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With: Adam Driver, Marion Cotillard, Simon Helberg, Devyn McDowell, Russell Mael, Ron Mael
Written by: Russell Mael, Ron Mael
Directed by: Leos Carax
MPAA Rating: R for sexual content including some nudity, and for language
Running Time: 139
Date: 08/06/2021

Annette (2021)

3 1/2 Stars (out of 4)

Moon Songs

By Jeffrey M. Anderson

A weird, magical, opera-like musical of heavy, tragic proportions, this devastating movie will likely alienate those not familiar with acclaimed French director Leos Carax, or the music of Sparks.

Opera singer Ann (Marion Cotillard) and comedian Henry (Adam Driver) are at the height of their success when they fall in love. They marry, and soon they have a baby girl, Annette. After a while, Henry's acerbic, controversial shows begin to backfire, and his career goes into decline. His behavior becomes more and more erratic, and he and Ann begin fighting. On a yacht trip during a storm, the couple meet with a tragedy.

At the same time, Henry discovers that baby Annette can sing, beautifully, when exposed to moonlight. So he enlists The Conductor (Simon Helberg) — Ann's former accompanist — and hits the road, sharing Annette's voice with the world. But how long can the magic spell last?

Even viewers that know Carax's five other features (which date back to 1984; he works quite slowly) won't quite be ready for Annette, his English-language debut. It shares an aspect of showmanship and facade with his last movie, the strange, beautiful Holy Motors, but moves in its own direction, going big with its withering emotions. The songs by the cult group Sparks — recently profiled in Edgar Wright's excellent documentary The Sparks Brothers — are also atypical, somewhat graceless and repetitive, and yet undeniably effective, both searing and naked. (The brothers, Ron and Russell Mael, appear in the opening number, as does director Carax.)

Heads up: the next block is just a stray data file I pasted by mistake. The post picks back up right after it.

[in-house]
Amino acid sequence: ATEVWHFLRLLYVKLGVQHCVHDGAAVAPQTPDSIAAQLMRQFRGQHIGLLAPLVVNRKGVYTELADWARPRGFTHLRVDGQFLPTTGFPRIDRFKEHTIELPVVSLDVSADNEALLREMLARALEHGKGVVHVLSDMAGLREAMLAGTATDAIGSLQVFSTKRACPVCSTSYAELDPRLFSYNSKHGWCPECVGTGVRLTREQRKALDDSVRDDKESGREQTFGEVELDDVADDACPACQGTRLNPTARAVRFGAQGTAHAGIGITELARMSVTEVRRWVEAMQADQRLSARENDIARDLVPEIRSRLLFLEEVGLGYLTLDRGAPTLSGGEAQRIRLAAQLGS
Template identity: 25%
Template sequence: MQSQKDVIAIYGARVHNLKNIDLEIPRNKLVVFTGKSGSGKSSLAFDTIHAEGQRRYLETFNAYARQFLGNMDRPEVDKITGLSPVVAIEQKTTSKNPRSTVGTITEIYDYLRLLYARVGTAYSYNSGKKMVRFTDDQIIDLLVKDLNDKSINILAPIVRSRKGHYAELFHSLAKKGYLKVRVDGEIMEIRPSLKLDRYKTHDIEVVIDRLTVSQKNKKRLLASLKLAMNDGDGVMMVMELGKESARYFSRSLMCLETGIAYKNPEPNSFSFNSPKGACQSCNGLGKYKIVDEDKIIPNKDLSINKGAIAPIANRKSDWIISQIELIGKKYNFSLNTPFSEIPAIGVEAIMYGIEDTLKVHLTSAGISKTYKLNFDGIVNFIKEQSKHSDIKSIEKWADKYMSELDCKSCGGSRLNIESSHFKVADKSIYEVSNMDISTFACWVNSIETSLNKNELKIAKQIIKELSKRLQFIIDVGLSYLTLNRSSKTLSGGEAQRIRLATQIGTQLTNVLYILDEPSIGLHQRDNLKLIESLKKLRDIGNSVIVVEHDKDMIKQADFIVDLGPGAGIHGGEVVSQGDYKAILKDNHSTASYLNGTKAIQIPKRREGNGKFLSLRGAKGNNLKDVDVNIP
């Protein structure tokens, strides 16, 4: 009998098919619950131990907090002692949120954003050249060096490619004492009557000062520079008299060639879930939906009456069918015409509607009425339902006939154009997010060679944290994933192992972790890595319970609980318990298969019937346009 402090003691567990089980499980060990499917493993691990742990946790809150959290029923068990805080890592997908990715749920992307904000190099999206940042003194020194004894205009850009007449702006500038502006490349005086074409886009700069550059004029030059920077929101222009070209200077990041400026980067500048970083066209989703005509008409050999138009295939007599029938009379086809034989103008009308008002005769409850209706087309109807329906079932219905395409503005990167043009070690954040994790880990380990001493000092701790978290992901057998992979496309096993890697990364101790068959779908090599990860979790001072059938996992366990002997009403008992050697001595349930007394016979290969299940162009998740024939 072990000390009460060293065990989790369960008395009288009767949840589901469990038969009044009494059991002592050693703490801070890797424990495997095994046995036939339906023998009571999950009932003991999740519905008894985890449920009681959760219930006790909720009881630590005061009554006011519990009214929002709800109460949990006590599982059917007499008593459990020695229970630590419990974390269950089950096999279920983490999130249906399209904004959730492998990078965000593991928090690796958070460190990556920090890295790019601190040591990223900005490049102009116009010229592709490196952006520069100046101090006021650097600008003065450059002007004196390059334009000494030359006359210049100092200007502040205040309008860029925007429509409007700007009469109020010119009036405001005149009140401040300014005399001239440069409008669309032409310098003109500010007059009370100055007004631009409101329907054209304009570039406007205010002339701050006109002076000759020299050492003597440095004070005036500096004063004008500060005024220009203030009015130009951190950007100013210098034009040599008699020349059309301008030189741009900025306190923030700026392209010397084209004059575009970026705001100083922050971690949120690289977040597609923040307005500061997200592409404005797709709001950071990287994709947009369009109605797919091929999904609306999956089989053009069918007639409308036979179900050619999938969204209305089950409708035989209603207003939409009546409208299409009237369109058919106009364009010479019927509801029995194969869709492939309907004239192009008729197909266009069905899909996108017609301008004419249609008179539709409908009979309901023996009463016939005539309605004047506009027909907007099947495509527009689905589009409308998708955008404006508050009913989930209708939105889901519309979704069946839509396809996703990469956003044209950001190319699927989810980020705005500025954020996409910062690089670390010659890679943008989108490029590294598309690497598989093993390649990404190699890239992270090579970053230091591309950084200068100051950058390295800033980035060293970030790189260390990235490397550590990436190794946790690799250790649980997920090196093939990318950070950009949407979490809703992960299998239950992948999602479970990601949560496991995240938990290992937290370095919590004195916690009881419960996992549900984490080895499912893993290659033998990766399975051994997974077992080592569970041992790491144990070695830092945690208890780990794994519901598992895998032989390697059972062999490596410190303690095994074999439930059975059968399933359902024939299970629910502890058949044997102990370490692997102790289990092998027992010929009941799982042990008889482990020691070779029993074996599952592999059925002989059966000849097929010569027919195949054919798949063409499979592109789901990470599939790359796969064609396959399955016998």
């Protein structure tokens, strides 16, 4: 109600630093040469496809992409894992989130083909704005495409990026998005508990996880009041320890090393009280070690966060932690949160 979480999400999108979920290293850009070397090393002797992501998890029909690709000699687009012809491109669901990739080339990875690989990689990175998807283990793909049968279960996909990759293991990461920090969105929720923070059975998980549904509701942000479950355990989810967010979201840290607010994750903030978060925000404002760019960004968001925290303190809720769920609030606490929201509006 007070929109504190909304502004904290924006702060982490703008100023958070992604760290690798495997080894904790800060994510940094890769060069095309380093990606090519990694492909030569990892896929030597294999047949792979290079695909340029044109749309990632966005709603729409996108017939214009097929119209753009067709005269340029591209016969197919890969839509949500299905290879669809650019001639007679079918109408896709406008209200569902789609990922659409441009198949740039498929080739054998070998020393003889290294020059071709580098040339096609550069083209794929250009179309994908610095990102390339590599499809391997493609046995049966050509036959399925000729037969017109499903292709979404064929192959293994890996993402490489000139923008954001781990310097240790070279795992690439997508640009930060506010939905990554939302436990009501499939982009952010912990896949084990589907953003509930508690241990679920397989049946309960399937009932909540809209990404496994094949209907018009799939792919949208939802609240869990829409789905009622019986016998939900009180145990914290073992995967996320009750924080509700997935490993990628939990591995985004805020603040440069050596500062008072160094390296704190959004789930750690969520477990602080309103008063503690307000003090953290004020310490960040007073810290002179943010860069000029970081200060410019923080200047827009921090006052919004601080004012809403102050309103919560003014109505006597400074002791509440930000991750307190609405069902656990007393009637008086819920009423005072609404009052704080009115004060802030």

Carax's visual touches are often breathtaking, from the spare stages of Ann and Henry's respective shows, to the tilting, storm-torn deck of the yacht, to Annette herself, who is performed by a series of eerily beautiful marionettes. Ann is frequently seen with a half-eaten apple, perhaps some kind of symbol of Eden, and Henry sports a strange birthmark on his face.

Cotillard, who won an Oscar for playing Edith Piaf in La Vie En Rose, sings beautifully, but Driver is required to do most of the movie's heavy lifting, and he gives a full-blooded, ferocious performance. Annette is, in the end, a little opaque, and a little dispiriting, and it ultimately doesn't seem much deeper than a showbiz cautionary tale, but it has more than its share of entrancing cosmic beauties.

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